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Inspection carried out on 12 December 2016

During a routine inspection

This inspection took place on 12 December 2016. Green Tree Court is registered to provide accommodation for 68 people who require nursing and personal care. The welcome brochure describes the home as “built to the highest environmental standard offering luxurious surroundings and beautiful fully landscaped gardens”. No expense has been spared to ensure care, facilities and the environment are of the highest standard for the people living there. There are three wings, Larch, Maple and Willow. Willow wing is designated for people living with dementia. At the time we visited, 44 people lived at the home, seven receiving respite care.

The service was registered with CQC in November 2014 and has not been inspected previously. Since registration, the service was increasing numbers to capacity in a managed, measured way to ensure people’s individual needs could be met.

There was a registered manager and two heads of care employed at the home who were clearly passionate about providing a high quality, individualised service. A registered manager is a person who has registered with the Care Quality Commission to manage the service. Like registered providers, they are 'registered persons'. Registered persons have legal responsibility for meeting the requirements in the Health and Social Care Act and associated Regulations about how the service is run.

People had access to and were involved in developing personalised activities that complemented their individual hobbies and interests. Links with the local community had been established and people were supported to participate in community events and other events that were important and meaningful to them. For example, through the service partnership with the Exeter Dementia Action Alliance, foreign exchange students and local primary and secondary schools. This provided people with a sense of purpose and wellbeing. Some people used the service as respite for short periods before returning home to the community. This had become popular with people who used the home as a stepping stone following hospital procedures or to enable carers to have a break.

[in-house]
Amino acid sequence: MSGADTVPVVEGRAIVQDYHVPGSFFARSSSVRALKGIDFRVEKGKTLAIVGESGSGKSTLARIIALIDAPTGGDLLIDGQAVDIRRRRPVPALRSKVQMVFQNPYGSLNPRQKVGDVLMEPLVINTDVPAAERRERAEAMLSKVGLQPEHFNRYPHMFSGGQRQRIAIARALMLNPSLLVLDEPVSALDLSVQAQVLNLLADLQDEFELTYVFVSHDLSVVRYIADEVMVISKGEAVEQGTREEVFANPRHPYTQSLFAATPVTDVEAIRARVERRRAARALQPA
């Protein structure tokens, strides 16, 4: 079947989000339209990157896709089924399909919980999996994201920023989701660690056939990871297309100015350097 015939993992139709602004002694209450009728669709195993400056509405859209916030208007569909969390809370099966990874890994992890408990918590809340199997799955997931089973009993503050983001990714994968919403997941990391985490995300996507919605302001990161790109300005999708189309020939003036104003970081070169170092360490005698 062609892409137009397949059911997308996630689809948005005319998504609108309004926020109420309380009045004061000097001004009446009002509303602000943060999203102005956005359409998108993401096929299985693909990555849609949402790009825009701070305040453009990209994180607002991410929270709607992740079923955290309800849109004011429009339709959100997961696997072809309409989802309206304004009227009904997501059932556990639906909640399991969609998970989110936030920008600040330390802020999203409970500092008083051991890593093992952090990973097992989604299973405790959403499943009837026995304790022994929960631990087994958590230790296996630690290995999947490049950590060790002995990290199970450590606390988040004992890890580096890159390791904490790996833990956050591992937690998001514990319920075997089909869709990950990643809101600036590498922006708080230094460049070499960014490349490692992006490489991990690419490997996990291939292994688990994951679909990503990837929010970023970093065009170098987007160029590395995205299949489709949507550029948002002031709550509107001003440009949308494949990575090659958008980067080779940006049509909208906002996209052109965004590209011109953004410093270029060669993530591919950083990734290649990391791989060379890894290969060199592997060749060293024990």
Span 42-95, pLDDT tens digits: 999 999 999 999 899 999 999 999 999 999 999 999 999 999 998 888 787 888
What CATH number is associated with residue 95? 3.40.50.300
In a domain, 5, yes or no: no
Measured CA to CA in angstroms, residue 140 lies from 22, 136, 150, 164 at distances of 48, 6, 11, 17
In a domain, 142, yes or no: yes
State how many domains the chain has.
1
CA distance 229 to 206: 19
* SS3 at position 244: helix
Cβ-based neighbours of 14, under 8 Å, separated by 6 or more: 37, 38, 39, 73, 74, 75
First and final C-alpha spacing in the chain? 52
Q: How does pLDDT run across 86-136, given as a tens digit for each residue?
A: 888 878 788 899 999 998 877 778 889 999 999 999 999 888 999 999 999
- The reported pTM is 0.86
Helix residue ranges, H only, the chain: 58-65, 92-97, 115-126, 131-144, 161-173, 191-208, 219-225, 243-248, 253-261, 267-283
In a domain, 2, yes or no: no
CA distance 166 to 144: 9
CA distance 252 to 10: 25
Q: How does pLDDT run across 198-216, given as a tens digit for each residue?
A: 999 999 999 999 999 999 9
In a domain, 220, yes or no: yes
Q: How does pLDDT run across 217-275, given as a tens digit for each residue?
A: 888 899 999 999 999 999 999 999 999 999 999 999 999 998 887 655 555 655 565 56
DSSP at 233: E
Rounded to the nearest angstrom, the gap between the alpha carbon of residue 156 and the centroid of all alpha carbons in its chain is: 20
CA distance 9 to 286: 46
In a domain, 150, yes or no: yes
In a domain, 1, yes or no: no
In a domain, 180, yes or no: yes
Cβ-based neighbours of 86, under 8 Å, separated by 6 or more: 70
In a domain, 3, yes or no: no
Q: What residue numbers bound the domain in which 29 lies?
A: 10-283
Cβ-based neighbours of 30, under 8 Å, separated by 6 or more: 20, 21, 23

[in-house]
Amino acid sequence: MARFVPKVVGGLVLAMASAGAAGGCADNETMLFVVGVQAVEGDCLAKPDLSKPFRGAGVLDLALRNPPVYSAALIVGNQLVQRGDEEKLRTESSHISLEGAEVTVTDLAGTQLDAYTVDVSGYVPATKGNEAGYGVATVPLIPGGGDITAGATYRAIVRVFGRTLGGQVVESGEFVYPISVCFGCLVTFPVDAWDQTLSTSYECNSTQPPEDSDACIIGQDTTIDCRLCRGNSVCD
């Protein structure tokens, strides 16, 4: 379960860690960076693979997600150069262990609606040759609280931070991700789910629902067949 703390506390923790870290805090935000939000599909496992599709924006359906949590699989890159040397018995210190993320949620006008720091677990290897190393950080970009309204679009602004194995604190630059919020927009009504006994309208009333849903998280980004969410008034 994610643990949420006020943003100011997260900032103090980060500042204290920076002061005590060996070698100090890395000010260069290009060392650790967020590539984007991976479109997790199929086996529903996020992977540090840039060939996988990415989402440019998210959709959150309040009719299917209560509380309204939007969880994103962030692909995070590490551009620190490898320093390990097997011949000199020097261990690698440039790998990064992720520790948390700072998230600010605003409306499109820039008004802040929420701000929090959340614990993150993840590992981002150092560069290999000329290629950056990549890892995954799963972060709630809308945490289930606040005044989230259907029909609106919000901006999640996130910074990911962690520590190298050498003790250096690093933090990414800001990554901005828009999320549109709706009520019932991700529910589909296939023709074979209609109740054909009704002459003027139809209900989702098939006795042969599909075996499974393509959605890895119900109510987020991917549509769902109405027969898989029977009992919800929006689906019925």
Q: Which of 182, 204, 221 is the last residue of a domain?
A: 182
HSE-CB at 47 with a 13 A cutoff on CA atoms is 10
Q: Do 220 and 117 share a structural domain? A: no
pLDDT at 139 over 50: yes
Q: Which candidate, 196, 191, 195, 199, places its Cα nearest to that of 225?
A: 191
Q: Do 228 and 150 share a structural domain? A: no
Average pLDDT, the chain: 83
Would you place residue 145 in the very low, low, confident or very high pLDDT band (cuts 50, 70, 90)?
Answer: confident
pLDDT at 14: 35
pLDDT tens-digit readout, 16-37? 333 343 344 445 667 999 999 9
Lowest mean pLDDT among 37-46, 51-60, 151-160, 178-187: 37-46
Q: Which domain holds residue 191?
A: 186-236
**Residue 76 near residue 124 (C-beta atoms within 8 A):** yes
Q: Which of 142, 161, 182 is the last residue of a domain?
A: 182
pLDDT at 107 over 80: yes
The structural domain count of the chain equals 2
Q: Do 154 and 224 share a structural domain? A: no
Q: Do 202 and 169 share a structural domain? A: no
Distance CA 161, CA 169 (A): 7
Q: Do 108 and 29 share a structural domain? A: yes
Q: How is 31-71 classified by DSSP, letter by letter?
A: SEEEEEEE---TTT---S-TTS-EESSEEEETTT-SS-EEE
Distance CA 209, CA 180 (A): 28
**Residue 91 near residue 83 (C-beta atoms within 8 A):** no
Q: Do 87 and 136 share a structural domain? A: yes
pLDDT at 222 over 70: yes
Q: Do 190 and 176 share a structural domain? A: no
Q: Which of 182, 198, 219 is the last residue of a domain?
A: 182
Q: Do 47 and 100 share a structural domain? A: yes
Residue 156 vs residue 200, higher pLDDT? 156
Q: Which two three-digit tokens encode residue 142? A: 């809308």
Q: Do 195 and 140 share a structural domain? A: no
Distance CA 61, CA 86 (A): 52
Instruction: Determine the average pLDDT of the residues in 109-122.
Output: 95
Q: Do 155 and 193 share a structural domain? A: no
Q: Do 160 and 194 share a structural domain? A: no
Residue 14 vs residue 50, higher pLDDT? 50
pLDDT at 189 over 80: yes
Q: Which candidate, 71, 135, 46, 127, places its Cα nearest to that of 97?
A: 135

People and relatives were overwhelmingly positive about the care and service provided. The overall view was that the service was like a ‘caring holiday’. Comments included, “It’s like being on a cruise, so enjoyable”, “I can walk away knowing I couldn’t do better, it’s lovely to see the manager work so well with her team” and “There are high standards all the time, people are treated as people.” Reviews on the website included, “It is like a 5 star hotel, the service we have had has been faultless. Being a new building, the rooms are large and purpose built. Everything is fresh, airy and spotlessly clean”, “The home is excellent” and “I feel Green Tree [Court] is a luxury care home of very high standards, and I have been very impressed with the care received.” All reviews showed a five out of five star rating and people were ‘extremely likely’ to recommend the service.

People were supported by very kind, caring and compassionate staff who often went the extra mile to provide people with good, high quality care. This high standard of care enhanced people's quality of life and wellbeing. The staff as a whole, supported by the activities team, were extremely passionate about providing people with support that was based on their individual needs, goals and aspirations. They were pro-active in ensuring care was based on people's preferences and interests, seeking out activities in the wider community and helping people live a fulfilled life, individually and in groups.